About two weeks earlier, I had chatted on FM simplex with Larry, W9LEM about the Mound Cemetery possibly being a good microwave site. He said the cemetery was good in all directions except towards St. Louis. The hilltop would be better and he told me who to contact to secure permission to operate from there. Although, Google Maps Directions claimed that driving time would be one hour and forty-five minutes, due to a apple fair and some road closures/detours it took Debbie and I over two and a half hours to get there. As it turns out, Google Maps road names do not match what is actually there. The town of Mound Station is really called Timewell, IL. None of the road signs indicate Mound Station. Route 2, which takes you to the cemetery, is not called that at all. Debbie and I found a local, who was exceptionally nice, and he informed us that he's never heard of any road with a two in it. When he asked us where we were going, he immediately pointed us in the direction of the Mound Cemetery blacktop. "You take this here road west, until you see some anhydrous tanks. I don't mean to be rude, but do you know what anhydrous tanks look like?" We assured him that we do, and then he told us to make a right and that would be the Mound Cemetery blacktop, AKA, in Google Maps, as Route 2. His directions were fine, and we found the cemetery. It is a good spot, as Larry suggested, but it was indeed not good back to St. Louis. The cemetery is on the northeast downhill slope of the hill top. The hill top, of which the cemetery is a part of, was covered in unharvested corn stalks thereby rendering it useless for microwave. However, a half mile away from the cemetery was a farm house was on an even higher hill with a view in all directions!
By this time a large number of ops were gathered back in St. Louis to work Debbie and I and we were already about an hour overdue. The hilltop farmer's wife gave us permission to operate and in my haste to hook up my gear, I cross polarized my power clips to my battery. I blew out the internal fuse to my MFJ battery booster. I brought tools, but my tool kit didn't have any screwdrivers. It didn't matter much. I didn't have a fuse for it anyway. Lessons learned. I bypassed my booster and I did get the rig going, but it was 4 volts underpowered. Twenty minutes later, I couldn't hear the beacon and I was unable to hear the ops back at the YMCA in St. Louis a distance of 94.6 miles. They were unable to hear me. Next I tried Ron, W9ZIH in EN51nv, a distance of 166.4 miles and he was roaring in at 599! However with ZIH's rubidium standard he is always on .100, but I found him up at .115 and I was drifting. Ron couldn't hear me. Being under powered, I am sure my power was down considerably and no telling where I was at in frequency from a poorly heated TXCO. Okay, lessons learned. Debbie and I drove to the Peoria Hamfest where I bought some tools, some fuses, some adapters and some other parts, if needed to fix my booster.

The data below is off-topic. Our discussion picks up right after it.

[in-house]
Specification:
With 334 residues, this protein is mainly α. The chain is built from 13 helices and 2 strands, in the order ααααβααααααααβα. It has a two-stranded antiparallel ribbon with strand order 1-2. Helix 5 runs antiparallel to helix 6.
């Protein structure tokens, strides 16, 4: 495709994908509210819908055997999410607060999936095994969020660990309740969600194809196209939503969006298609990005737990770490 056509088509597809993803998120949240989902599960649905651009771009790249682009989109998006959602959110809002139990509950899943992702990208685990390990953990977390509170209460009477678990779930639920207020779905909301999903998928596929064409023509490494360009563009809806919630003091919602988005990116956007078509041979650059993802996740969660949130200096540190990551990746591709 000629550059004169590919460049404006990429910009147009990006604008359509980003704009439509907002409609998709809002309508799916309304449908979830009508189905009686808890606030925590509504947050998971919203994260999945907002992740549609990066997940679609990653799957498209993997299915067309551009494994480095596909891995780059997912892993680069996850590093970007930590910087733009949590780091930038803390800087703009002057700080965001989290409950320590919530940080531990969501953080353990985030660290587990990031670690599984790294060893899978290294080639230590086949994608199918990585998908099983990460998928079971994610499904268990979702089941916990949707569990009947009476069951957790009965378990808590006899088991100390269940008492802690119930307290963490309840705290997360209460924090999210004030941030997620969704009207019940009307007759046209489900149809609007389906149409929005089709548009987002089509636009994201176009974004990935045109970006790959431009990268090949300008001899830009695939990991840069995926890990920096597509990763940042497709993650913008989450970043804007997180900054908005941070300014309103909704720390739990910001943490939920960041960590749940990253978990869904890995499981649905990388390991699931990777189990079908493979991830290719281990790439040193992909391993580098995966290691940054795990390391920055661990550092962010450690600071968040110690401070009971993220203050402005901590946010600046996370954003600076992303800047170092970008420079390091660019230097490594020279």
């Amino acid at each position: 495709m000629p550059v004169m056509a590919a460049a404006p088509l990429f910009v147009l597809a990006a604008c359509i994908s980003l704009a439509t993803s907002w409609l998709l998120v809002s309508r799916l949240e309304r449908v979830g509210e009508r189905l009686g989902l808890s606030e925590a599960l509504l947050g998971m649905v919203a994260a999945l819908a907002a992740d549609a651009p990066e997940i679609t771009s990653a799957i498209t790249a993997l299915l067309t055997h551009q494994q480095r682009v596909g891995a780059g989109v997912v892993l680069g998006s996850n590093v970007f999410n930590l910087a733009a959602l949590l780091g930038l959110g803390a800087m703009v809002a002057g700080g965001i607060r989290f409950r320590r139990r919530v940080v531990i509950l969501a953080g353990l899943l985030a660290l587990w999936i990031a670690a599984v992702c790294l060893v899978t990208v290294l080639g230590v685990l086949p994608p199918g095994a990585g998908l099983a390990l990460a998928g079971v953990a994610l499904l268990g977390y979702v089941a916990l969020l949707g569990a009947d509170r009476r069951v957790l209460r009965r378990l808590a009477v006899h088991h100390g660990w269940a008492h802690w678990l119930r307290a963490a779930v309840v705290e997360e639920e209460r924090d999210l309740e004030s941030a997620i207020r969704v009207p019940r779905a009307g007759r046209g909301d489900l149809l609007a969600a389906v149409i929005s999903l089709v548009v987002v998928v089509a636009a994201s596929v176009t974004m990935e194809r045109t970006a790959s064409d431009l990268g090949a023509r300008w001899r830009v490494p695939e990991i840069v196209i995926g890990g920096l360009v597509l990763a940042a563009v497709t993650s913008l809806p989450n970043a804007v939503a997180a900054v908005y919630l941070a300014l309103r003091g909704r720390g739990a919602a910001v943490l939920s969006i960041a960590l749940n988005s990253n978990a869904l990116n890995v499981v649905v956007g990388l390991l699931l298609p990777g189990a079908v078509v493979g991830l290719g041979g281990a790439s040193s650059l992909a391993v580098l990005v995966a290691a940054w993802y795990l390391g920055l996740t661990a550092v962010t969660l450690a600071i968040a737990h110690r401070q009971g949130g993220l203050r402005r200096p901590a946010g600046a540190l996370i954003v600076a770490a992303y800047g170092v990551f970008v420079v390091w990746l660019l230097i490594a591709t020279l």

Debbie and I stayed overnight in Peoria and I was able to use our bed as a workbench and five minutes later the booster was repaired and everything was working correctly! We were back on for Sunday! On Sunday morning, we made the under 20 mile trek to Craig, K9CT's super contest station for Debbie to see and then we went on a quest to find a suitable microwave site to activate EN50. This turned out to be no small task. That area is close to EN40xr and EN50ar, but it is hilly, corn covered and there is an abundance of trees. Most of Illinois is flat, but this area is not. We spent two hours looking for suitable sites. We had fun sightseeing, but crisscrossing the countryside takes up time. Finally about 8 miles outside of Peoria we found a soybean field with a good view towards ZIH. I gave Ron a call from EN50dq. Ron was soon on the air and almost immediately we made a two-way 3 cm QSO - a distance of 94.1 miles. Afterwards, I did try to hear the WB9PNU/b, but there just were too many obstructions between us.
As it turns out, this wasn't a productive trip in terms of making QSOs, but I did learn a lot and I had a lot of fun. I need to make sure that I have a good tool kit, plenty of spare fuses for both the rig and the booster, lots of time to scout the area out and at least 45 minutes for my TXCO to stabilize.
I wish to thank all the SLAM members that came out to work me. We will do it again gents and this time, if I can again get permission from the farmer, I will activate EN40 for you from a good hill top! Debbie and I made it back to Girard, IL around 5:00 pm, tired, but all-in-all a great weekend!
KC9ULA and Kip relaxing in the motel after a long day of microwaving. This motel bed also served as my workbench to get my battery booster working again which allowed us to be QRV on Sunday.